THE East London Terminal handled its first soya beans export vessel recently when St Columbia started loading 30 000 metric tons destined for Malaysia. Terminal performance saw an average of 207 tons per hour against a target of 90 tons per hour, with minimal interruptions over the planned six days of loading.
The terminal’s agricultural volumes continue to increase this year after nearly two years of the grain elevator’s temporary closure due to a severe decline in agricultural bulk volumes regionally. Terminal Manager Naliya Stamper said, “While we started with maize and wheat vessels early on in the year, it’s a big achievement for us to handle soya bean exports as they have not previously formed part of our agricultural exports”. She added that the terminal had collaborated with both industry, local and regional stakeholders to unlock further economic opportunities for the Eastern Cape region.
The grain elevator which is also one of the largest silos in the country, with a capacity of 66 000 tons became financially constrained and a decision was taken to temporarily close the facility until business opportunities opened in the market. The terminal did continue to discharge grain using a direct discharge operating model, where cargo is loaded in trucks and taken to an external facility immediately. “The export of the first consignment of soya beans in the Eastern Cape is a true milestone and we are growing from strength to strength with each passing month, as we aim to return to what we are known for globally,” said Stamper. She added that only one trial of soya beans export was ever done at the terminal in the early eighties, and it was unsuccessful.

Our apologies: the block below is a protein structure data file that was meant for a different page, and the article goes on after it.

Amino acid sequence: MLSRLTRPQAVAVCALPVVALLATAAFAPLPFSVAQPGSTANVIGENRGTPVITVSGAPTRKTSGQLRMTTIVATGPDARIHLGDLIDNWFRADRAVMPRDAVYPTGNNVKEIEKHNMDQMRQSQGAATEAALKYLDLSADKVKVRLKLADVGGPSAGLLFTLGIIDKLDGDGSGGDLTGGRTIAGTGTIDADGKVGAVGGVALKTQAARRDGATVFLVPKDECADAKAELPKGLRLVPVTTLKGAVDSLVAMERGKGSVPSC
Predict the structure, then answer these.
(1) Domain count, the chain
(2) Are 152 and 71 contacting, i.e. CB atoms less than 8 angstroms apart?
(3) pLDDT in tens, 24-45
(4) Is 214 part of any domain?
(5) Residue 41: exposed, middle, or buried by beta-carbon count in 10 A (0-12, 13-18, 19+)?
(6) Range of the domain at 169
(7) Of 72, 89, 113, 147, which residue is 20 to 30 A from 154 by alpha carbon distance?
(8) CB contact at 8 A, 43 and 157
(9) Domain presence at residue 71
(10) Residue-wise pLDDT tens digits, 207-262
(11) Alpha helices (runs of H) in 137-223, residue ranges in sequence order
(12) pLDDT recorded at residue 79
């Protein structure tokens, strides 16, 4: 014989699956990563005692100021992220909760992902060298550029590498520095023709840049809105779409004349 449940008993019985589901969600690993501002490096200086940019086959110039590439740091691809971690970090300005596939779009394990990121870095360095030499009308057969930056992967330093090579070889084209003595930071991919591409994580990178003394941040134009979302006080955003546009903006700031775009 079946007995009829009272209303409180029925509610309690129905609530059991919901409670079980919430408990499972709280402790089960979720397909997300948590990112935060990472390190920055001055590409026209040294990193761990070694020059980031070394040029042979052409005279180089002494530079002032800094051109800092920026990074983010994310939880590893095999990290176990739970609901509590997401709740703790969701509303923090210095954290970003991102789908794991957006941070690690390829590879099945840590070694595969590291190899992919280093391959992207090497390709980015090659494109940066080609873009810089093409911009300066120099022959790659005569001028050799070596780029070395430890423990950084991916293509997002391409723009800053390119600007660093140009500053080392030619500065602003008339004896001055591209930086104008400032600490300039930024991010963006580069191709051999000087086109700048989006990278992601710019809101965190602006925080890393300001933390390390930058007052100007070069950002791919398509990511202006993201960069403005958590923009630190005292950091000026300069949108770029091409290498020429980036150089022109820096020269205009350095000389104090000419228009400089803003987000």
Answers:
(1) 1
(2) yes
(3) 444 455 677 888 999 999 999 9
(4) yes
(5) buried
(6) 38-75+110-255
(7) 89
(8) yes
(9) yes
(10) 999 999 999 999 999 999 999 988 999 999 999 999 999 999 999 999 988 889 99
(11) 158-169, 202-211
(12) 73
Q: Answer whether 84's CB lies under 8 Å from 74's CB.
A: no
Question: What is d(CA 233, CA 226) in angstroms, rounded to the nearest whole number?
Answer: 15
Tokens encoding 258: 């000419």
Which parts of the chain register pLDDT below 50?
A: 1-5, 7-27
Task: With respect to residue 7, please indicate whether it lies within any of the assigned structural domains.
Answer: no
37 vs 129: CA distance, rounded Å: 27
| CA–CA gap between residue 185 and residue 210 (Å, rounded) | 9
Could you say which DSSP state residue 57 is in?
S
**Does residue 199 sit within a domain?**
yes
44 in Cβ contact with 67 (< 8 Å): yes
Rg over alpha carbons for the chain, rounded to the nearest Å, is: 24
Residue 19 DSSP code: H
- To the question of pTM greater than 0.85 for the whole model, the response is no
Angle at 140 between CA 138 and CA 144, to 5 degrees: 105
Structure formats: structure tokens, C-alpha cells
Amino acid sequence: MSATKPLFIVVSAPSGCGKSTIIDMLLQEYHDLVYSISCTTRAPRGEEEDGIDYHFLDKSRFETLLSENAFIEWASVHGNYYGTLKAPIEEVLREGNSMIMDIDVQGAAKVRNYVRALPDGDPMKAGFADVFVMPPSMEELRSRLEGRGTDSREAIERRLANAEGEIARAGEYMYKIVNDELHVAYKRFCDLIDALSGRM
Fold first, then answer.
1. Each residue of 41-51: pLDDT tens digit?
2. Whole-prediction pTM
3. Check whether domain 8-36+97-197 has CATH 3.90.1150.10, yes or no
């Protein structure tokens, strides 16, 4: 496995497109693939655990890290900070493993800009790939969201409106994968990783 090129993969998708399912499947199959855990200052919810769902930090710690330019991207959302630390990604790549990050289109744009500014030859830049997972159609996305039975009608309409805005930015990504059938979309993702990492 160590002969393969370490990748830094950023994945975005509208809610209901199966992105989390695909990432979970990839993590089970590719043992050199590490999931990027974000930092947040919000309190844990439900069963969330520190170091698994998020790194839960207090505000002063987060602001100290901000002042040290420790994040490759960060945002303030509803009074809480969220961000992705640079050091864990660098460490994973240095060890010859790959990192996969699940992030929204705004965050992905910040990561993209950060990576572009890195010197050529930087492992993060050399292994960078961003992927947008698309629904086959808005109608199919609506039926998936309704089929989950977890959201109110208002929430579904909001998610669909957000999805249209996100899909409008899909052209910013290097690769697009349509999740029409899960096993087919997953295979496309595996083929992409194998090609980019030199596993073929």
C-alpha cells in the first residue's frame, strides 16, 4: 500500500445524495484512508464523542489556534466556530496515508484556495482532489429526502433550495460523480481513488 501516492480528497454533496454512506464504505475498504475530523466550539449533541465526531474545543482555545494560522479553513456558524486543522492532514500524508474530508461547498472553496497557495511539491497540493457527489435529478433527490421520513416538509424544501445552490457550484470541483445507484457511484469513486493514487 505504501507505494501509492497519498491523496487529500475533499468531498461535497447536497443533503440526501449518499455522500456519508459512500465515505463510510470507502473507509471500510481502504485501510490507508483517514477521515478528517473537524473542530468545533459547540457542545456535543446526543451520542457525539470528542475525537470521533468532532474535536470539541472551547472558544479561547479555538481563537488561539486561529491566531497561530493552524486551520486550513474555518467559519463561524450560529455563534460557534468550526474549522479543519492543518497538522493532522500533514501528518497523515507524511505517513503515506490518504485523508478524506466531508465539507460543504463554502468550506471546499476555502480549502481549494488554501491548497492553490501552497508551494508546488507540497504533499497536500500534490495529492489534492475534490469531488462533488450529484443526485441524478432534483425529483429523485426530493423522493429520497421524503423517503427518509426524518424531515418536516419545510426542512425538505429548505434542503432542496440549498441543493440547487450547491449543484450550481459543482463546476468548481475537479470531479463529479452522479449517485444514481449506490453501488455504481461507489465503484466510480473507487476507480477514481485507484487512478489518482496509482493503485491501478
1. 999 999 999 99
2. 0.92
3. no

South Africa has in the recent past increased its production with the introduction of policies to attract new seed technology for soya beans, further attracting investment. According to Grain South Africa, the breeding and technology levy was introduced into the market to incentivise the development of new cultivars and technology. Yield increases are expected as new cultivars will be more adapted to local growing conditions and with producers’ knowledge in terms of local production practices increasing as well.
The East London Terminal forms part of a network of 16 sea cargo and three inland terminals managed by Transnet Port Terminals (TPT). TPT is a division of Transnet SOC Ltd and South Africa’s (SA) leading terminal operator responsible for loading and offloading cargo aboard vessels calling the seven South African ports. The company provides import and export services for both domestic and global markets through a staff compliment of 9000 across 16-sea cargo and three inland terminals. TPT operations target four major market sectors namely automotive, containers, bulk and breakbulk.